The class’s collective groan was lost on me. I was excited. Art was exciting and fun and with Eli as my table partner, I had a feeling it would be interesting this year.

“I’m sorry I brought up your parents,” he said and looked up at me a moment before looking back to his paper.

“It’s ok that you did. You couldn’t have known,” I said and felt my heart break a little at having to say that. “I want to remember them. It’s nice to talk about them sometimes. Everyone else avoids it because they think it’ll make me sad.”

Having to tell someone they were allowed to bring my parents up... It was just wrong. I looked at Eli and saw that same expression on his face as before. Ecstasy wrapped in pain and discomfort.

“Are you ok?” I asked.

“Yes,” he answered, his voice strained. “I’m fine, just uh...” He looked at me and I felt bad. I had made him uncomfortable with all that dead parent talk and now he was embarrassed or something. I felt even worse. And then his face twisted even more. “I’ve got to go,” he said suddenly and huskily.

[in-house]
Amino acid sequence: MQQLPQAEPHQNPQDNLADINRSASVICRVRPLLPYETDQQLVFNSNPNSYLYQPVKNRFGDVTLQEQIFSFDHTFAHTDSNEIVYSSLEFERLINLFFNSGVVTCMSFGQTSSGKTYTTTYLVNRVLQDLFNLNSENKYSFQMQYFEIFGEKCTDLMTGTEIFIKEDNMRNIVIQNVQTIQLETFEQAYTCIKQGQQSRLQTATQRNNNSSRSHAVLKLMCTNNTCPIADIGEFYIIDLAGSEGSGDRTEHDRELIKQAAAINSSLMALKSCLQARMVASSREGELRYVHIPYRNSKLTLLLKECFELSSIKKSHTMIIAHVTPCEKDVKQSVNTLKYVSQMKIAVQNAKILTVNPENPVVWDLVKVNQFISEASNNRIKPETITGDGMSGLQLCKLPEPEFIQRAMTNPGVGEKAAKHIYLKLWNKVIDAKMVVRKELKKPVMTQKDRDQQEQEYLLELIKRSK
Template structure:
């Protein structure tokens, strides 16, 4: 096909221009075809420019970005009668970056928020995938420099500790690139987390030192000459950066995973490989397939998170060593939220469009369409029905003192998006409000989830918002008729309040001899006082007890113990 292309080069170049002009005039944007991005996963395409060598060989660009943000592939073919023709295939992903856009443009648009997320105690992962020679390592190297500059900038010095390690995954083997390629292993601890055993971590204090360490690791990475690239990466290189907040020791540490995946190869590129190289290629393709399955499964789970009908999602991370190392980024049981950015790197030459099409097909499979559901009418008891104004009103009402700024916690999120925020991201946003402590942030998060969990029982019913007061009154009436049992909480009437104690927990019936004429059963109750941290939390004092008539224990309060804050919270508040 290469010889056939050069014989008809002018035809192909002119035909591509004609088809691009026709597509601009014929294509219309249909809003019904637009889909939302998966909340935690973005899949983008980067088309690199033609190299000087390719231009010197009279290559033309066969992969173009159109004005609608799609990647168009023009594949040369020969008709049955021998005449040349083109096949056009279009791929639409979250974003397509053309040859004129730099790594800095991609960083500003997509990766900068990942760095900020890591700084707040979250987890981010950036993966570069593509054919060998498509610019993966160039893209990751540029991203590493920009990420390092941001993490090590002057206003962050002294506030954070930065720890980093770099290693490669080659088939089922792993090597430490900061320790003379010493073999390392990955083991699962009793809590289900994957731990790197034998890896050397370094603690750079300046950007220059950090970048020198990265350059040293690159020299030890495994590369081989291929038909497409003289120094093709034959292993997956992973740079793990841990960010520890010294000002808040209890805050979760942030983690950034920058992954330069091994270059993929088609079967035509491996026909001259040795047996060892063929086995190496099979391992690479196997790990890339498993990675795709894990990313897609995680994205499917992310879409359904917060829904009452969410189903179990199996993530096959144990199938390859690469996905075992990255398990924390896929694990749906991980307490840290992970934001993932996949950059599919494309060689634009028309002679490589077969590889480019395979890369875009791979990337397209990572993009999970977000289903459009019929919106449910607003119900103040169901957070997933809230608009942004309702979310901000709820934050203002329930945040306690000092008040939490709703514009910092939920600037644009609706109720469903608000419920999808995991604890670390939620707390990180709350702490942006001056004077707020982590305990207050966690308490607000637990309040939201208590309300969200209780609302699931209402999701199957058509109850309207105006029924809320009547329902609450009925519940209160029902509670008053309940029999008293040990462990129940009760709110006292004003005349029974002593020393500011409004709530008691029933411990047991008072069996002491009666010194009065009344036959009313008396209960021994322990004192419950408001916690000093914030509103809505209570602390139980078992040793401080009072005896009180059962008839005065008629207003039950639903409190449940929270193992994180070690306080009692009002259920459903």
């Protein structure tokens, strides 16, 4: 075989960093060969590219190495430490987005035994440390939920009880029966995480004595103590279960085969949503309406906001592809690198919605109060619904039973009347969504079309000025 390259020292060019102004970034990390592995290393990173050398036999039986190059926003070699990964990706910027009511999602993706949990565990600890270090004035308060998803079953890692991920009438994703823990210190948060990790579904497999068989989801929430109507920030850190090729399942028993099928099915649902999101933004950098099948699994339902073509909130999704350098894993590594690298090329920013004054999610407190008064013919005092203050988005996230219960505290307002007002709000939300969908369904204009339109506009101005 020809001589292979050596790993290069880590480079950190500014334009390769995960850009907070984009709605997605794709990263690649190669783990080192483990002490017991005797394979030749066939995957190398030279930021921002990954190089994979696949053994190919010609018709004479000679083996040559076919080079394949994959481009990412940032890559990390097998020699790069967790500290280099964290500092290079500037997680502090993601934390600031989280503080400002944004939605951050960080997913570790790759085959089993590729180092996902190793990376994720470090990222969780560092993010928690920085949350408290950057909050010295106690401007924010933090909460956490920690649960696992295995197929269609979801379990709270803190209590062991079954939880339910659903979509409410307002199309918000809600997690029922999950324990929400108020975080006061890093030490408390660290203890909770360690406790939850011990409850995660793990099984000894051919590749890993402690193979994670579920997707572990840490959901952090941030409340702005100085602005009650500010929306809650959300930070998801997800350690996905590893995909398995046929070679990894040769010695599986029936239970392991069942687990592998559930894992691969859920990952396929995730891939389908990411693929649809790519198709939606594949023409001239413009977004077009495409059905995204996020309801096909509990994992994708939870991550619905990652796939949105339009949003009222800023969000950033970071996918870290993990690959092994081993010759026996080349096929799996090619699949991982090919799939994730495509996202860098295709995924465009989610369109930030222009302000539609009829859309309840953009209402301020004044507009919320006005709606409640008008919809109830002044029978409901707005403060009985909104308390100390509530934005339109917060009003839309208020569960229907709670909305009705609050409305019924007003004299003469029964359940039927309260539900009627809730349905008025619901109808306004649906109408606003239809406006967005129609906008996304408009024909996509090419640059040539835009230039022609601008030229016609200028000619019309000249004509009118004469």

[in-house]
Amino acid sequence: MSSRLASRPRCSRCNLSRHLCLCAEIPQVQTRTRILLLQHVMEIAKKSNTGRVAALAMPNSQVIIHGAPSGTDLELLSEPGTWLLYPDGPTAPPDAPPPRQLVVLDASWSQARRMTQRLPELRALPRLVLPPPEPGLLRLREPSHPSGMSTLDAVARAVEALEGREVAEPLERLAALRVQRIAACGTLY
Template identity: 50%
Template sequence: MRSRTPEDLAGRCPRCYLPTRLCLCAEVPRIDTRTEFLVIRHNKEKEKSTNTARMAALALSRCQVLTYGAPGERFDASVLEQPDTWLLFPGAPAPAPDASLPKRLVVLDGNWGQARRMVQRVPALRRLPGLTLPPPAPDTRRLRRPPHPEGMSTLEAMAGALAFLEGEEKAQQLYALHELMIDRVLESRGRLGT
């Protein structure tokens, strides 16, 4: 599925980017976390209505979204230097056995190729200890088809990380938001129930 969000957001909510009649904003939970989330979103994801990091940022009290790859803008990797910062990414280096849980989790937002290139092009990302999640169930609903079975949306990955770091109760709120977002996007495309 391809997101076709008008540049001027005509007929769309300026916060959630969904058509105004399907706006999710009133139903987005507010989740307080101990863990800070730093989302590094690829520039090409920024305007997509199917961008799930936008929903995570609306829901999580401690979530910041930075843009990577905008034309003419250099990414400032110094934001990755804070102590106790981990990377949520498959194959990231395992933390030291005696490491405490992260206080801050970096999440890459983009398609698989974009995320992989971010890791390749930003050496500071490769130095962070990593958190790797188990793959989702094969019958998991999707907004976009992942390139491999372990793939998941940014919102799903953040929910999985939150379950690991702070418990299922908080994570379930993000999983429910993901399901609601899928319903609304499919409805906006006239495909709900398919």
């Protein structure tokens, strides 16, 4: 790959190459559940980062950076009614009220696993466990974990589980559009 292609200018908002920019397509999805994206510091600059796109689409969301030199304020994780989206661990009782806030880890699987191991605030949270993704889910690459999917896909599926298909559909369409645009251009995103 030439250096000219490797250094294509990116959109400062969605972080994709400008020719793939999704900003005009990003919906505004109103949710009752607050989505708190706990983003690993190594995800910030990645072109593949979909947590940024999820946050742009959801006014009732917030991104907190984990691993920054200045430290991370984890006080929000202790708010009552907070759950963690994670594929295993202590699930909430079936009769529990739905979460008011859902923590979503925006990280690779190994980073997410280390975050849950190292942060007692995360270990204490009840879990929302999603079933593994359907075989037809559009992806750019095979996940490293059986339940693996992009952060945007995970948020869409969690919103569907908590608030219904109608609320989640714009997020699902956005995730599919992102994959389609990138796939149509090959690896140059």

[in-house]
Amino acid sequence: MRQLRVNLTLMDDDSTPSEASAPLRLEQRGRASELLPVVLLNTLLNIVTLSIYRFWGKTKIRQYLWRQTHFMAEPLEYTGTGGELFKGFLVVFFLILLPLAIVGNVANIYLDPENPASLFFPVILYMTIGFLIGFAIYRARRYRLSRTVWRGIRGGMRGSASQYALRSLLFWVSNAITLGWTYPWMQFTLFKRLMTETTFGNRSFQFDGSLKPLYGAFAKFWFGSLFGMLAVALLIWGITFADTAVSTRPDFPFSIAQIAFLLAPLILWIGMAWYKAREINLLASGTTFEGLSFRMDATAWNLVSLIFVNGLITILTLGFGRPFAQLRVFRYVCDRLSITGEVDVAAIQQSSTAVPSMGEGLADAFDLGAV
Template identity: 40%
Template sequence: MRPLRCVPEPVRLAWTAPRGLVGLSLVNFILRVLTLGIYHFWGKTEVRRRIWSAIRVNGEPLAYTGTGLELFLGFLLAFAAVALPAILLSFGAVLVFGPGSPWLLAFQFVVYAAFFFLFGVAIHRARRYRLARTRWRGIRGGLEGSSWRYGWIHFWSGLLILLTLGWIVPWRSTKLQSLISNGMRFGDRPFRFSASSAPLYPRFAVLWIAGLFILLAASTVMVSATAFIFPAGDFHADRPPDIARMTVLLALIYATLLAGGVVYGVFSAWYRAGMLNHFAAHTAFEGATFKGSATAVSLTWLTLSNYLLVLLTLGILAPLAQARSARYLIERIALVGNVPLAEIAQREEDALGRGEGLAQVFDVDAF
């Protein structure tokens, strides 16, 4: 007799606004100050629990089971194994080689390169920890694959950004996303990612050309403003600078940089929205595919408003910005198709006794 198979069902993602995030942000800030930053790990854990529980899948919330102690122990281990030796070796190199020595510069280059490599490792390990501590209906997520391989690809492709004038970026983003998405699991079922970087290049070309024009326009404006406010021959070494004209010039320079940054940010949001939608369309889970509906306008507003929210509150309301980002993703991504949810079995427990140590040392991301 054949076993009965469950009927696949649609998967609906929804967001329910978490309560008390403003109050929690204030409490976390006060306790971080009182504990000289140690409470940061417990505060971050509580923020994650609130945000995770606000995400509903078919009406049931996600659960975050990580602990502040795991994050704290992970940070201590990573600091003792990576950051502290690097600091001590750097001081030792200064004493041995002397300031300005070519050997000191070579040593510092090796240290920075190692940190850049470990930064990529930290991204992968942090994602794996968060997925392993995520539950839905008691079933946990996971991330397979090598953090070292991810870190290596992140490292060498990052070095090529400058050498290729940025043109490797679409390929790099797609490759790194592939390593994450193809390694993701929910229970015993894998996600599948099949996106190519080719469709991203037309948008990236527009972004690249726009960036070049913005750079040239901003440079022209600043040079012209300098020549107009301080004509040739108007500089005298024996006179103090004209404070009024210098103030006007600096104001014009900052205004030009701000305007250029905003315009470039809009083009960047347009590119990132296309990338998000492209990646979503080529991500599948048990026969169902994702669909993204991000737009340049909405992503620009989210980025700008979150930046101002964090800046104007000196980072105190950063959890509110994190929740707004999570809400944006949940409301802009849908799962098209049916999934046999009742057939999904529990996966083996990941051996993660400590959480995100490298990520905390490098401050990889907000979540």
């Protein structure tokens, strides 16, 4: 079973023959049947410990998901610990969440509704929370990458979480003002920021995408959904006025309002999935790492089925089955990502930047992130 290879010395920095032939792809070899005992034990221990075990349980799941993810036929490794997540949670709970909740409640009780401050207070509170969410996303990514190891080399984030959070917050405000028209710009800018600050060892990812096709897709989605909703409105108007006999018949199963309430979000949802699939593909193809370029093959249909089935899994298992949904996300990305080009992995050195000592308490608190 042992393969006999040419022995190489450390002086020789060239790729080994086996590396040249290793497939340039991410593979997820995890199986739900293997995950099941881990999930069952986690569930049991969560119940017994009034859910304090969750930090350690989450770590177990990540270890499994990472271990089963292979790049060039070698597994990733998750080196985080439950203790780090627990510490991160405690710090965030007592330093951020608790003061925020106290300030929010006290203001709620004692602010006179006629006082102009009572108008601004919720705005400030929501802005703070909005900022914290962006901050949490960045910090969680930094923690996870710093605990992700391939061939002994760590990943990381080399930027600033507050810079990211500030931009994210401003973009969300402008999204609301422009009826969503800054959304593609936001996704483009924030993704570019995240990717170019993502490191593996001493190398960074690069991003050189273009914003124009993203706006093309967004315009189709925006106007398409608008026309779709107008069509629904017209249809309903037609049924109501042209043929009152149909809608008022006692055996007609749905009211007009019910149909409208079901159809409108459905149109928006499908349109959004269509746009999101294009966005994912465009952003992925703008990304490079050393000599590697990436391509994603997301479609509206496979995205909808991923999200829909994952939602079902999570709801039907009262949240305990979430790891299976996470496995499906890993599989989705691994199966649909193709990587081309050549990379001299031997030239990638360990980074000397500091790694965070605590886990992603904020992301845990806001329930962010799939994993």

“What? Class just started?” I protested, completely baffled.

“I’ll see you tonight, ok? At the match,” he called as he grabbed his stuff and made a swift getaway out the classroom door.

I was so very confused, but what could I do? I didn’t have his number to check on him. He’d been acting kind of weird all day. I would ask him tonight. Maybe he was going through something or having a problem about moving again.

Class ended uneventfully and I turned my shade in of a Dogwood tree along the river bank to which the teacher smiled at me me in appreciation. I made my way across the street quickly and prepared for the barrage of screams and squeals.

“Clara! Clara’s home!” Josiah announced loudly, as he did everyday.

“Clawa!” Hannah yelled happily and wrapped herself around my leg. “I had fishies today.”

“You did,” I crooned and picked her up, slating her to my hip. “Oh, man. I could really chow down on some gold fishies right now.”

“There’s more! In there!” she pointed towards the kitchen and I followed her instruction. “Mommy, mommy! Clawa wants fishies too!”

“Oh does she now?” Ruth said and smiled at me. “Hi, Clara. How was school today?”

“Great. I can handle my new classes pretty well. And there was a new guy today. Eli, from Zimbabwe.”